Necessity is the mother of invention

The process of creating a product is a long and tedious process of trial and error. One can not simply think of something and then assume that the product will change the world. There has to be a need for the product to become successful, there has to be demand for a solution to an inherently big problem. This week we are at the ideating stage of the course. Our teams brainstormed problems that need to be addressed in various demographics. Team IJK, focused on 3 problems in our everyday lives and came up with a few How Can We… questions.


  • Problem 1: College students have limited options when it comes to urban farming and we are targeting consumers trying to grow plants indoors in, areas. Examples include dorm rooms or small studio apartments.
    • HCW introduce college students to more urban farming methods on a college campus?
  • Problem 2: Amateur filmmakers utilize cameras that may be shaky and have distorted views. We are trying to increase the quality of handheld videos with an analog but portable solution. Potential exists for using digital technologies integrated into 3D printed hardware.
    • HCW help amateur filmmakers reduce shaky videos from their phones or GoPros?
  • Problem 3: College students tend to procrastinate and are not able to focus. We are trying to decrease the amount of time people spend procrastinating and trying to get people to work more efficiently.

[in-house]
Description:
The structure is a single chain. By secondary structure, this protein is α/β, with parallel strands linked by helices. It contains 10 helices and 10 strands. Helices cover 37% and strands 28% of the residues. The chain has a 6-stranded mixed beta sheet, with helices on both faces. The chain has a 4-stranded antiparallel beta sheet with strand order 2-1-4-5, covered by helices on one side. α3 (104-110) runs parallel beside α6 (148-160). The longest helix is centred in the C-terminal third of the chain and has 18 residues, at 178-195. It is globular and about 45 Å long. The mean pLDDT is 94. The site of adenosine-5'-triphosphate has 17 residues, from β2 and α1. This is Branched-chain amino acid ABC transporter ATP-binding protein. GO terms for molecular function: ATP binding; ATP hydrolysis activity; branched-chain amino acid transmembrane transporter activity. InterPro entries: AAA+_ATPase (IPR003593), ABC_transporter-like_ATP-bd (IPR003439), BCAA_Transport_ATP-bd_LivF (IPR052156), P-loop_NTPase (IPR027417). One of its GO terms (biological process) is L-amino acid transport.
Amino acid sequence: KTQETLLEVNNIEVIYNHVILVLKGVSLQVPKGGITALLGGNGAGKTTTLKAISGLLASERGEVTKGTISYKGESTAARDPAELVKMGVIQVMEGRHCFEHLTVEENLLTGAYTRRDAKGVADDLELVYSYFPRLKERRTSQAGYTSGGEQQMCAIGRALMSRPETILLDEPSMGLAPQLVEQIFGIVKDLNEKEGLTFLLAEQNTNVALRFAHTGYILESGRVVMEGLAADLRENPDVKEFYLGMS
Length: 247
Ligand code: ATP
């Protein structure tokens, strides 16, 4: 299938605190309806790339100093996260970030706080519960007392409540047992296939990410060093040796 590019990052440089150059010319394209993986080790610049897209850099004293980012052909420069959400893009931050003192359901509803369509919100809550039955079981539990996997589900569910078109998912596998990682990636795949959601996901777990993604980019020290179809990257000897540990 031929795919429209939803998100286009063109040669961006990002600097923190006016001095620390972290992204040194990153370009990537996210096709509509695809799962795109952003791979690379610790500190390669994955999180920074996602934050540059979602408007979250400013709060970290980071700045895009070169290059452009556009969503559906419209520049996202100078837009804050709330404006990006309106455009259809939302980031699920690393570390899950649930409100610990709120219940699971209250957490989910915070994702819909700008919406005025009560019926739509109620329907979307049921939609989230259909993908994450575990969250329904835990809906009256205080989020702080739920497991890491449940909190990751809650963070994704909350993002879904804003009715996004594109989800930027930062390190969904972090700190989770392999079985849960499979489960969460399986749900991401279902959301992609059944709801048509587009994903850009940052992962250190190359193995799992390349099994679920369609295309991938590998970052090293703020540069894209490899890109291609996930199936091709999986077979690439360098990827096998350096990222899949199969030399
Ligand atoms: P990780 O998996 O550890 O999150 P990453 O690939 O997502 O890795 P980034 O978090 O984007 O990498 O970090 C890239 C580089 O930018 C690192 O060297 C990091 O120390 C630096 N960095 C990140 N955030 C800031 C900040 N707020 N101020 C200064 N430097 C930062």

• HCW solve time management issues when trying to focus on a task for college students at home?

Upon developing these ideas, our team analyzed each idea through the 10 questions posed in this weeks reading “10 Ways to Evaluate a New Business Idea”. We have not narrowed down our ideas but it put the projects in a new perspective and allowed us to visualize if it is a viable opportunity or not. Creative sparks come from all shapes and forms and so the notion highlighted in Science Mag suggested that in order to reach creative ideas, one needs to be able to be free of guidance, constraints, and criticism. ┬áIn other words, for our projects to be successful, we have to think outside of the box and allow for our minds to explore every possible solution to the problem. Upon identifying a problem space, you need to analyze the assumptions attached, define the opportunity, picture the target audience and then prepare for the worse case scenario. The Innovation Management article highlights all these methods and gives us more ways to ideate efficiently.

Another article I found to be helpful was published by the Harvard Business Review. The article states that ideating and generating ideas is great but it is quintessential to be able to narrow down the focus and to develop the main ideas thoroughly. Refining existing products and analyzing their strengths and weaknesses may give insight into how we can reiterate it into a new idea. Mike Bohlmann spoke this week about his hobby of making and tinkering and it allowed me to appreciate how much preparation and consideration went into developing an idea and then executing it.

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